Things are really only starting to get interesting offshore, although as long as a couple of weeks ago a boat out of Falmouth made the run to the canyons and found plenty of life. There are tuna out east of Chatham, in the vicinity of the Figs. These are big fish, well into the giant category, and folks are either trolling ballyhoo or livelining mackerel.
The giant bluefish fishing up around Stellwagen remains very good; although I was told that the October quota was filled, I couldn’t confirm that by checking the NMFS website. I did hear that some folks had to pay to have their fish shipped overseas, perhaps indicating a glut in the Japanese/Asian market.
The bluefin fishing up around Stellwagen “has been stupid.” Fish are being caught on live bait, trolled ballyhoo, and topwater stickbaits, like the Hogy Charter Grade Slider. Most of the fish continue to be in the 80 to 100+-inch range, with a 60-incher consider a small one at the moment.
Some solid 60 to 80-inch bluefish trolling bars and ballyhoo have been reported up around the northern part of Stellwagen. Green machine color is a good choice when it comes to artificials. Plenty of herring and mackerel are around when folks turn to bait fishing.
Giant bluefin bite remains good out east of Chatham and up in Cape Cod Bay. Spin anglers have also been getting shots at breaking fish chasing halfbeaks in the bay as well as off the backside from the Golf Balls to Nauset. Apparently, these tuna aren’t school or even smaller medium school fish, but often are just shy of the 73-inch giant minimum.
The giant bluefin bite out east remains good, with fish caught recently on live bait such as mackerel; trolled ballyhoo, both naked and skirted; and darker colored bars. There are numerous reports of halfbeaks/Atlantic sauries flying out of the water, usually a sign that they are being harassed by fish such as tuna.
Out on Stellwagen Bank, some very large bluefin tuna were caught this week, including Capt. Cullen Lundholm’s 1130 pounder. Fishing dead bait and throwing soft plastics like the Hogy Pro Tail on spinning gear have been the effective techniques for fish ranging from 200 to 1000 pounds.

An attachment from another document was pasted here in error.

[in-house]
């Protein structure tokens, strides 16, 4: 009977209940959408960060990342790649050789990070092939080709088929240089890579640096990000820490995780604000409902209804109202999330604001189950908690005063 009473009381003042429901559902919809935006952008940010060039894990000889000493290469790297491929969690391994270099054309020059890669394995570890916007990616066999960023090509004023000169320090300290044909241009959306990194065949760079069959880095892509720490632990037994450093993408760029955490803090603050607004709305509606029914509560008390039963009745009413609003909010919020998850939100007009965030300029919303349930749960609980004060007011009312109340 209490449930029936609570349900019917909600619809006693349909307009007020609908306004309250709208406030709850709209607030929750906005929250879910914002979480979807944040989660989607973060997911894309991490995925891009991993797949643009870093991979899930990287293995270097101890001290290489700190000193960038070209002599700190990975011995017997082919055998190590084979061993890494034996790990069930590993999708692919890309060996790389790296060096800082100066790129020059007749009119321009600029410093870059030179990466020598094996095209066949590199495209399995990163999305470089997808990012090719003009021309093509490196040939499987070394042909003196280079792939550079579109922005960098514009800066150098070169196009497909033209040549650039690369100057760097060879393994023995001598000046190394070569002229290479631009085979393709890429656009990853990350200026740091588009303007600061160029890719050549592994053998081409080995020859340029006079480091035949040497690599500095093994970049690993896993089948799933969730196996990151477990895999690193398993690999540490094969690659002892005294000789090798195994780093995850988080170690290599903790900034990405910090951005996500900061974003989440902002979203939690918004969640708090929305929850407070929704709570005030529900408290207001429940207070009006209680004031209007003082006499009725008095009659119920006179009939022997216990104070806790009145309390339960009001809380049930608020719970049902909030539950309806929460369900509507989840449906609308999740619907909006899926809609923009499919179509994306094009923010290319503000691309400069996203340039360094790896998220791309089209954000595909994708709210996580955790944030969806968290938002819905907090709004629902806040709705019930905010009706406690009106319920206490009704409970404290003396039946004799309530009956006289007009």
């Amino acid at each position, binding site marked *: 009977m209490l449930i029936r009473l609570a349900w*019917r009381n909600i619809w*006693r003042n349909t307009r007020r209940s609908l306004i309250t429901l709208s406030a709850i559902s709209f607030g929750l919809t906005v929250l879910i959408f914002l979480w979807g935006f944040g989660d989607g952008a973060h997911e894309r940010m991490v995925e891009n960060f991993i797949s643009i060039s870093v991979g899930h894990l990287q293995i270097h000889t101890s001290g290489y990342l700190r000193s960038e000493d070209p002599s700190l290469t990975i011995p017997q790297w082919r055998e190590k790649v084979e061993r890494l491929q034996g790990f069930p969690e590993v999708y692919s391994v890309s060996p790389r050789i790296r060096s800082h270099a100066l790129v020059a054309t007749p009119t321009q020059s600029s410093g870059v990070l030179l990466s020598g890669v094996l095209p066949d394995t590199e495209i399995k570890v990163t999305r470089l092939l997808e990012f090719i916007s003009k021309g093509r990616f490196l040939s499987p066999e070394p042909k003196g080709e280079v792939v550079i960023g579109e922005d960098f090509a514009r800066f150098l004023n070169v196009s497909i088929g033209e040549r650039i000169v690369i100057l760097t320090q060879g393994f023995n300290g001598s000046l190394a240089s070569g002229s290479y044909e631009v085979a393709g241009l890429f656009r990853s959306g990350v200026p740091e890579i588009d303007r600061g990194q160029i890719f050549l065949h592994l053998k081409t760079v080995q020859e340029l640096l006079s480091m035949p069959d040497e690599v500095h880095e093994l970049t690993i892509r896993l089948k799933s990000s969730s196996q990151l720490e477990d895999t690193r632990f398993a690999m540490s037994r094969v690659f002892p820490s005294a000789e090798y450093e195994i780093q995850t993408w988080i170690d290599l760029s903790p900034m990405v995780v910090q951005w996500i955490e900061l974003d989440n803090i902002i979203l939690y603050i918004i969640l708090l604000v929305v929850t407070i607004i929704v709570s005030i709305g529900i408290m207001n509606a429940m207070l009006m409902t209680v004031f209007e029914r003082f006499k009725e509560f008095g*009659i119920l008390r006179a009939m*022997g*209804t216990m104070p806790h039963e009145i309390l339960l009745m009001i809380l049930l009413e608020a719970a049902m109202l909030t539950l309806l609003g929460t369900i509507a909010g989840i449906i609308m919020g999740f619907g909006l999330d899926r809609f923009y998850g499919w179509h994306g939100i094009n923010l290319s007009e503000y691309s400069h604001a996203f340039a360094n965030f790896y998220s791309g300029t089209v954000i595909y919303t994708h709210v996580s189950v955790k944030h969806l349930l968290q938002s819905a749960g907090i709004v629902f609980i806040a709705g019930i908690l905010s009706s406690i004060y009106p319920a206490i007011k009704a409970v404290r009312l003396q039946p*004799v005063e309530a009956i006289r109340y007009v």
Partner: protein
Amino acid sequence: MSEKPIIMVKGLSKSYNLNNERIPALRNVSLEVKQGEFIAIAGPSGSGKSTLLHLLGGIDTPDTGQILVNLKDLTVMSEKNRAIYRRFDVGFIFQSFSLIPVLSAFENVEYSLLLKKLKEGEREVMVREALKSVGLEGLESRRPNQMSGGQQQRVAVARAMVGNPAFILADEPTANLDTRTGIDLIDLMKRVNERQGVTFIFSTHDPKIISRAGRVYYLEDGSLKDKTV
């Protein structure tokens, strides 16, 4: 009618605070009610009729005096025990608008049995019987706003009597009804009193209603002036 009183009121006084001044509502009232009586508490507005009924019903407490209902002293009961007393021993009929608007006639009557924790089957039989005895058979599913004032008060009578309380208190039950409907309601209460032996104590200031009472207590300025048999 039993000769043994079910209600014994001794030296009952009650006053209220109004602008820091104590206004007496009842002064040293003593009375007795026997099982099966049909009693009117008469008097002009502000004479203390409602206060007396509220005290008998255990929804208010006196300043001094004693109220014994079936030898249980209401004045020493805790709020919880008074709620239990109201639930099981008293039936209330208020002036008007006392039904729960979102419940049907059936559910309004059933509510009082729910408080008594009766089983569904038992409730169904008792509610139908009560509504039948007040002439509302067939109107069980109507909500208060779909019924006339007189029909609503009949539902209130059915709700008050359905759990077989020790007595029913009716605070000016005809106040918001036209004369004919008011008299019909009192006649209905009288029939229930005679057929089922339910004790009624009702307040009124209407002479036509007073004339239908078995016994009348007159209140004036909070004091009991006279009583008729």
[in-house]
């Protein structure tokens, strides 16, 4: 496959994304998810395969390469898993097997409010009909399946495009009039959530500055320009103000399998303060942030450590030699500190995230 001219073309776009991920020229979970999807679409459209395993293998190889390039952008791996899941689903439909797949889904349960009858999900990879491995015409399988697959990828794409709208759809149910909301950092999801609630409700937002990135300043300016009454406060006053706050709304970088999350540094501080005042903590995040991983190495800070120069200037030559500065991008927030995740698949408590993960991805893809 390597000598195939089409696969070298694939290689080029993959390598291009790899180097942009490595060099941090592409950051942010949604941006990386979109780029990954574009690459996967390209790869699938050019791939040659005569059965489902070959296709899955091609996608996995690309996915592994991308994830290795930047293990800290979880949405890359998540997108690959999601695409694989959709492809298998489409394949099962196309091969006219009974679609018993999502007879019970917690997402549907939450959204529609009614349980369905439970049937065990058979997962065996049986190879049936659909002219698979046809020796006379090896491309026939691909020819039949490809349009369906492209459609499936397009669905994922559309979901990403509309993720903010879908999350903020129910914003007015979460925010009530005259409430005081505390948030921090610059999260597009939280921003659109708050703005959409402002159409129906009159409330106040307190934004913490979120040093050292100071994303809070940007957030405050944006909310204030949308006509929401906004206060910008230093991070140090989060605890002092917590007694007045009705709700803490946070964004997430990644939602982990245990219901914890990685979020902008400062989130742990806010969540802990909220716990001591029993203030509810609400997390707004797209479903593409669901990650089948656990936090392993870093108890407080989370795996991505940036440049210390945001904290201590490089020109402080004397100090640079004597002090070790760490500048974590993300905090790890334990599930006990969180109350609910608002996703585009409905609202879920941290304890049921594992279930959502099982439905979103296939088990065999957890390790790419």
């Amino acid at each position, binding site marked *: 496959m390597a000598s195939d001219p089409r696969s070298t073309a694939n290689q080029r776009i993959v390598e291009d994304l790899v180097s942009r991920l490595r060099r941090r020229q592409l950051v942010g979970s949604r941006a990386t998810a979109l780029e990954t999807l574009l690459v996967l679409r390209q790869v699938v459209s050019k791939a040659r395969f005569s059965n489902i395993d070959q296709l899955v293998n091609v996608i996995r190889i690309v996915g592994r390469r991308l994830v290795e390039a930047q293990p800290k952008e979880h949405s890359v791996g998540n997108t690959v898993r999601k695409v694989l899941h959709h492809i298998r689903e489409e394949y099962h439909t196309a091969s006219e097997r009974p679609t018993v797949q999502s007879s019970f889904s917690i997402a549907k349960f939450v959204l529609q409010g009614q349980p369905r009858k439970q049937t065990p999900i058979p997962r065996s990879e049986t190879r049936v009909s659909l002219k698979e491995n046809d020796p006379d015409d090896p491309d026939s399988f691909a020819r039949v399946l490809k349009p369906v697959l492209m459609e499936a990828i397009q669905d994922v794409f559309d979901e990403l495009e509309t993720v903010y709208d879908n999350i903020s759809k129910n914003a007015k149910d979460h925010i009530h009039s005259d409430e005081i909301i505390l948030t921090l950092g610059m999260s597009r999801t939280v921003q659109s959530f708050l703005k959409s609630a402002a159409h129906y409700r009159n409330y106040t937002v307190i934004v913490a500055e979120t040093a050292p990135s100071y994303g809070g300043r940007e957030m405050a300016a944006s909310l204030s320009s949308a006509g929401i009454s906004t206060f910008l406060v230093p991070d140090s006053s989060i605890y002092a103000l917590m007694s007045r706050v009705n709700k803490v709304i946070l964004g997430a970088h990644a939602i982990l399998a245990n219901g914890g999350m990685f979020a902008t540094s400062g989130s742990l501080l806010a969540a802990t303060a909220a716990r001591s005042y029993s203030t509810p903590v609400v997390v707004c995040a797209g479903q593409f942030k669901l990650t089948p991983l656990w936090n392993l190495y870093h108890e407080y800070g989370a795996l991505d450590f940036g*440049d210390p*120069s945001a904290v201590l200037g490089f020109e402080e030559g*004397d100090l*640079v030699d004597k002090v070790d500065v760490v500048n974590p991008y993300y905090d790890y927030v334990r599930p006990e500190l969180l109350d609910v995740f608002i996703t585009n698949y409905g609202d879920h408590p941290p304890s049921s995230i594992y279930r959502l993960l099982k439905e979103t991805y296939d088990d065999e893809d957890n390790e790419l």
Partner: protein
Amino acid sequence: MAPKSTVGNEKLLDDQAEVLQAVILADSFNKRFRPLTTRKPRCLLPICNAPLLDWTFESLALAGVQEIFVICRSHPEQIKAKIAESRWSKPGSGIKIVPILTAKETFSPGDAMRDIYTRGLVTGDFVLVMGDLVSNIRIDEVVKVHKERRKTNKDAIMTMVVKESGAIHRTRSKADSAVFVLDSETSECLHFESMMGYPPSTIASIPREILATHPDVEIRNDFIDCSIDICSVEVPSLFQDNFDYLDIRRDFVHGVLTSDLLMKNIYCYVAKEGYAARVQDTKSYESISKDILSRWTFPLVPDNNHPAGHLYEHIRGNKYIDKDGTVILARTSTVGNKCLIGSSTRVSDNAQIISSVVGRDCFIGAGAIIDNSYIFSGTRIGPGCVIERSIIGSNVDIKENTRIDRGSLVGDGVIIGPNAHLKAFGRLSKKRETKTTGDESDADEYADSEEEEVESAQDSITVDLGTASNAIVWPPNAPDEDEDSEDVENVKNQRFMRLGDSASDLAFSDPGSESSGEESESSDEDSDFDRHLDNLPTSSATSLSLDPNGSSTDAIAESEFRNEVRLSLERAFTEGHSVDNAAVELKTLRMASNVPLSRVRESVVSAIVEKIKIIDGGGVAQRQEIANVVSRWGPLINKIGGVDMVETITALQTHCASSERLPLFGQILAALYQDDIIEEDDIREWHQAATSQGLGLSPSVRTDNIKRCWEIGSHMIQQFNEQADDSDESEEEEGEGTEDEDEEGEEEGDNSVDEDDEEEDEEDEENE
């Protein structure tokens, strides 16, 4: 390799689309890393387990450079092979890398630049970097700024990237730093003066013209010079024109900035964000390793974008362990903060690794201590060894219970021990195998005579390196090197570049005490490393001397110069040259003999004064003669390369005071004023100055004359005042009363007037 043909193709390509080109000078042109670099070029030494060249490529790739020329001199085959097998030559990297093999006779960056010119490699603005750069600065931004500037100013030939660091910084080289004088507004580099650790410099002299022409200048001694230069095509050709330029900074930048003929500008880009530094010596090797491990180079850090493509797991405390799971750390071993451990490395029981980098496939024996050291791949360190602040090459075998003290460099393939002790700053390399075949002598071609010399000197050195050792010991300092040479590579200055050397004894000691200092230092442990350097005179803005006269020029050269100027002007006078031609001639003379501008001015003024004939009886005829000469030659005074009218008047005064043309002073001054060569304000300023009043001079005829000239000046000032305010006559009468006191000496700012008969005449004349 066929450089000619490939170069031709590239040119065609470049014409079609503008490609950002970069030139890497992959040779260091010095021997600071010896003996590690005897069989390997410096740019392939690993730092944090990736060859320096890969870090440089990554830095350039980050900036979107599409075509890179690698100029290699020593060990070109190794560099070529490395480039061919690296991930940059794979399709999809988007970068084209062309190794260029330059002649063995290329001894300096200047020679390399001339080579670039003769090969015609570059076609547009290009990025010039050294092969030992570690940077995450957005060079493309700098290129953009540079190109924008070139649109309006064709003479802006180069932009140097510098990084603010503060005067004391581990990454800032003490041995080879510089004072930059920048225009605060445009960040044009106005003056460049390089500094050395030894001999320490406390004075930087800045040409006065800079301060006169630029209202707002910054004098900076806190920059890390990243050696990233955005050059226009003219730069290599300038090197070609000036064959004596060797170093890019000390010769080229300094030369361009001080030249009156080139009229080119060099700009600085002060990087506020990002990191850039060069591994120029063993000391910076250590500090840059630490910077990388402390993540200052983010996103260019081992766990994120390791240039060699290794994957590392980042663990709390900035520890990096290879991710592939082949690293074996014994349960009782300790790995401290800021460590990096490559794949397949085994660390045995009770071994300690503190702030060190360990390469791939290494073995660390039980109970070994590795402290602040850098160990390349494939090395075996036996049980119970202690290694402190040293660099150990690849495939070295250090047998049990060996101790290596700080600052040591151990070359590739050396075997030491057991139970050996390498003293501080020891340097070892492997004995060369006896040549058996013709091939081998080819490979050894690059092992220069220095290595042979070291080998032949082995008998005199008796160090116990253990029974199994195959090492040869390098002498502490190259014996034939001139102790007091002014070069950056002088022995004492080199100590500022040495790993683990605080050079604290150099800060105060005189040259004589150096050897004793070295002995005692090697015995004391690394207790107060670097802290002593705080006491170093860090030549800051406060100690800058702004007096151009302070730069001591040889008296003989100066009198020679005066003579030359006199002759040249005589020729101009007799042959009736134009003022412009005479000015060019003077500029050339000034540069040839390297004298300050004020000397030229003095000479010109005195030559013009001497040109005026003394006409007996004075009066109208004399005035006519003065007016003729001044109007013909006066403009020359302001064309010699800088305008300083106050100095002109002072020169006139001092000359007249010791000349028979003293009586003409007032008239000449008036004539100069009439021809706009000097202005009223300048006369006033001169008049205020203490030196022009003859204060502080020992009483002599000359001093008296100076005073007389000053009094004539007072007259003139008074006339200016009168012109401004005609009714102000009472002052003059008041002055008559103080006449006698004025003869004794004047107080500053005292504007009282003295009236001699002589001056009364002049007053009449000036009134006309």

Cooper Gilkes at Coop’s on the Vineyard said the tuna bite never started south of the island as the fish down south never moved up. He did say that there are good numbers of mahi around all of the high flyers, with some white marlin being caught on scup or ballyhoo. From the shipping lanes to Veatch, there are still some blue marlin taking lures or skirted ballyhoo, explained Billy O’Connor at Falmouth Bait & Tackle in the Teaticket section of Falmouth, but the really monster bigeye have moved, with a large fish running about 100-pounds.
South of the Vineyard, there is a mix of white marlin and mahi, with Gordon’s Gully, the Star, the Claw, and the Dump out to the shipping lanes all producing mahi. Coop said the mahi have been on the small side, with only an occasional larger one caught, but there have been good numbers reported around the weather buoys.
Gordon’s Gully and the Claw were two areas mentioned by Peter Sliwkowski at Larry’s Bait and Tackle on the Vineyard as holding large numbers of mahi and white marlin as well. Apparently, there are a large number of weed patches, perfect for holding mahi; fishing around the high flyers is also one way to get into some fast mahi action.